MLB All-Star Game: Fans Should Be Stripped of Right to Vote

Shaun Church@@NFLChurchContributor IJuly 3, 2012

Jose Bautista routinely makes the All-Star roster despite being the most one-dimensional player in baseball.
Jose Bautista routinely makes the All-Star roster despite being the most one-dimensional player in baseball.Jim Rogash/Getty Images

MLB fans need to be stripped of their right to vote for who they believe should play in the MLB All-Star Game.

Every year, there seems to be one or two players “snubbed” and one or two starters that leave me scratching my head.

This year is especially bad.

Which All-Star starters are not deserving of the honors?

Dan Uggla was the second-leading vote-getter in the NL this season. The Atlanta Braves second baseman is hitting .234 with 11 HR, 43 RBI and has a .361 on-base percentage.

He’s tied for the NL lead in home runs among second basemen, but ninth in batting average. He’s made eight errors in the field and has a fielding percentage of .978. Do those sound like true all-star numbers to you?

A guy who could be left off the roster completely (unless voted for by the fans in a final vote) is the Arizona Diamondbacks’ Aaron Hill.

Hill is second among NL second basemen with a .300 BA, 11 HR, 38 RBI and a .359 OBP. Oh yeah, and he hit for the cycle twice in June—a feat performed by only four men in major-league history.

Add to it his .989 fielding percentage and we’re looking at one off the all-time all-star snubs.

Pablo Sandoval has played in only 45 games as of Monday, and in that time is batting .300 with six HR, 25 RBI and has a.362 OBP. All solid numbers. But because of his time on the DL, he doesn’t even qualify to be included on the statistical leaderboard.

David Wright, who plays in New York and should have had plenty of the vote, leads NL third basemen in batting average (.354), on-base percentage (.447), slugging (.560), OPS (1.006), RBI (50), base-on-balls (48) and doubles (26).

How fans feel Sandoval is better is beyond me.

Matt Kemp is also slated to start the All-Star game and is one of two captains of the Home Run Derby. The thing is, he’s been on the DL most of the season, and actually is still on the DL.

Naming a currently injured player to the starting lineup of an all-star team is not only foolish, it shows just how naïve baseball fans are.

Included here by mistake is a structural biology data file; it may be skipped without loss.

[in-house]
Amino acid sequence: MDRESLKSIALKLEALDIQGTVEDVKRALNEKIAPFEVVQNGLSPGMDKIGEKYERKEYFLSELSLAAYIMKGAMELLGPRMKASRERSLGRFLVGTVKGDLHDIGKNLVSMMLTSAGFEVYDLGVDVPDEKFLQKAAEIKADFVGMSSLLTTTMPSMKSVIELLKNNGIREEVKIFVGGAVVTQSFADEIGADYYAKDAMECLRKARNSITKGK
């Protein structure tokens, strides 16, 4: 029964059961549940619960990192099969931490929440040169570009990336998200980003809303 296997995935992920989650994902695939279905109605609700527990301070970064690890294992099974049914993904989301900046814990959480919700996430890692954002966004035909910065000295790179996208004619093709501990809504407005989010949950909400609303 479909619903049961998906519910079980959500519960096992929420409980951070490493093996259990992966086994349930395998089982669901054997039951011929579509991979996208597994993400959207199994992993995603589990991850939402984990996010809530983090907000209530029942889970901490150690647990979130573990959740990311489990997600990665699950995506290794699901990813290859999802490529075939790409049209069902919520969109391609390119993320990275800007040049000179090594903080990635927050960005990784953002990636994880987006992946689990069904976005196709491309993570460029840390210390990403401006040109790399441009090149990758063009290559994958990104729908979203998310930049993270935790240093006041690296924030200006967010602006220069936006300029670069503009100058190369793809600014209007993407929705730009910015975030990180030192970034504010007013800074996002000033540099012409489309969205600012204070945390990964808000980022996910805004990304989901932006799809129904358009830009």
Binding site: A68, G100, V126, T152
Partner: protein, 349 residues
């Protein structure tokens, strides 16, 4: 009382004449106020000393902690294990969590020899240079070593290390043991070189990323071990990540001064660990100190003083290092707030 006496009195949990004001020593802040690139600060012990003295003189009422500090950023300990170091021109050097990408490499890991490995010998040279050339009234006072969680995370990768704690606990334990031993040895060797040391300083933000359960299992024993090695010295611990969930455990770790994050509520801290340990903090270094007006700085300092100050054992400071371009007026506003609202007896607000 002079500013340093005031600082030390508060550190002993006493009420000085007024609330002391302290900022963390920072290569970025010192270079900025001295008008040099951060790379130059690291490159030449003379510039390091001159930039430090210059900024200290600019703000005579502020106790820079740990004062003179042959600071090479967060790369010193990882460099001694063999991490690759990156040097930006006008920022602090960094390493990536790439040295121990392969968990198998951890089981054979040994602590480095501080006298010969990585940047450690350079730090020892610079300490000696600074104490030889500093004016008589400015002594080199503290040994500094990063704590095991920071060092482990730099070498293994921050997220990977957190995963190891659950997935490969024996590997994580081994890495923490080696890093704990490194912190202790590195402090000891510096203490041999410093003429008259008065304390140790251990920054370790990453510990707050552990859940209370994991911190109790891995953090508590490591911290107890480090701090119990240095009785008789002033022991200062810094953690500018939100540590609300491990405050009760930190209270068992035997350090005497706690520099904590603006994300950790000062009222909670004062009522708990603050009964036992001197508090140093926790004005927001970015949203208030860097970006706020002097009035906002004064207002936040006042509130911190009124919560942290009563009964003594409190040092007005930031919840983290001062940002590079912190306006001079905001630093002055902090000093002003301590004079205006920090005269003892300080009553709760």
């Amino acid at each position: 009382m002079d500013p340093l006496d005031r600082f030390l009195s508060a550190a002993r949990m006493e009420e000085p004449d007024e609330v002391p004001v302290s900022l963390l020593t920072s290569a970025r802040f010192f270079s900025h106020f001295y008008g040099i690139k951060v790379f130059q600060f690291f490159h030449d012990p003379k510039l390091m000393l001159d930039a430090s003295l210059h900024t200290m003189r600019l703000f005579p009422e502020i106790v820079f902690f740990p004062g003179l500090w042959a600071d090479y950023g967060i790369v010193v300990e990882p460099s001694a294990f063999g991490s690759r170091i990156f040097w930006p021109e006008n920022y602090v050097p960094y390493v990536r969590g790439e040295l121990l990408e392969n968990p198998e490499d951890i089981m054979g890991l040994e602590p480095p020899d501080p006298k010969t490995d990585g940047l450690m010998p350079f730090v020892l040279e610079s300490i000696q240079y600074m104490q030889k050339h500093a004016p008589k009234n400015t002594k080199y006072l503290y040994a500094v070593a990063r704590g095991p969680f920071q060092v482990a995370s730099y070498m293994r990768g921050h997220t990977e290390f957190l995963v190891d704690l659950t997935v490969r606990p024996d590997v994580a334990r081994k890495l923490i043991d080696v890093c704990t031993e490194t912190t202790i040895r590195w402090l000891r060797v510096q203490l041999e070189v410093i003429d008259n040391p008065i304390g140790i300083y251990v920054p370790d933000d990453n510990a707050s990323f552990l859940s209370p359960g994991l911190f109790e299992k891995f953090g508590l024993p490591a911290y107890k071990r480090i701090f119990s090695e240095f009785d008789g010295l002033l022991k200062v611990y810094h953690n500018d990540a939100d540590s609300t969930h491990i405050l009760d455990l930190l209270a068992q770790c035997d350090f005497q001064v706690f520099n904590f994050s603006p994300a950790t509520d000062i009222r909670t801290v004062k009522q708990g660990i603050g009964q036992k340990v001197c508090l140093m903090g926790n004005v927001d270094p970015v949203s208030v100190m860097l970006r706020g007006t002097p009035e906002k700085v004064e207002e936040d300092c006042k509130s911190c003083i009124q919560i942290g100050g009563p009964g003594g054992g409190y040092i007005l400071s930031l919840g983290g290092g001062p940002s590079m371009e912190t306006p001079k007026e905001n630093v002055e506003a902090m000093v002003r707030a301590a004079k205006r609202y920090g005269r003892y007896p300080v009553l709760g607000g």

The fact that Kemp is batting .355 with 12 HR, 28 RBI and an OBP of .444 in only 36 games is irrelevant. He’s an injured player who won’t participate in the game. Why waste a vote on someone who can’t take the field?

Andrew McCutchen should have been getting votes instead of Kemp. He has scorched pitchers all season to the tune of a .354 BA, 15 HR, 52 RBI and a .407 OBP. He’s still on the team, as he was named an alternate by Tony LaRussa, but now another candidate for the final vote, Michael Bourn, may miss his opportunity at being an all-star.

Bourn has played a tremendous center field all season and is batting .304 with seven HR, 29 RBI and a .352 OPB from the leadoff spot.

Jose Bautista is last among AL right fielders with a .243 batting average, but he hits a ton of home runs (27), leading to a ton of RBI (52). Both latter stats lead his position—he leads the majors in home runs.

BOSTON, MA - JUNE 25: Jose Bautista #19 of the Toronto Blue Jays takes batting practice before a game with the Boston Red Sox at Fenway Park June 25, 2012  in Boston, Massachusetts.  (Photo by Jim Rogash/Getty Images)
Jim Rogash/Getty Images

Sure, home runs are sexy, but that’s all he does. How many times have you thought to yourself: self, why is Jose Bautista continually voted to the All-Star Game?

My answer is “popularity.”

He’s a career .253 hitter, and his best season (2011, when he hit .302) was a fluke. His next-best season was the year prior, when he hit .260.

Now, a guy like Austin Jackson is left out completely. The Detroit Tigers CF is hitting .322 this season with eight HR, 35 RBI and a .404 OBP. He’s also played a perfect center field in the process, not committing a single error as of yet.

My conclusion to this madness?

Strip fans of their right to vote and instead leave it up to the men who manage the game. Who better to evaluate who is deserving of an all-star appearance than the very people who pick the lineups every day?

Since the fans vote in the biggest home run hitters anyway, I say allow them to vote on who will participate in the Home Run Derby instead (leaving them out completely would be silly).

Then, perhaps players wouldn’t be snubbed of the honor to participate in their home ballpark—Justin Upton last season; Billy Butler this season.


–Was your favorite player snubbed from the roster this year? Tell me why he should have been an All-Star in the comments section below.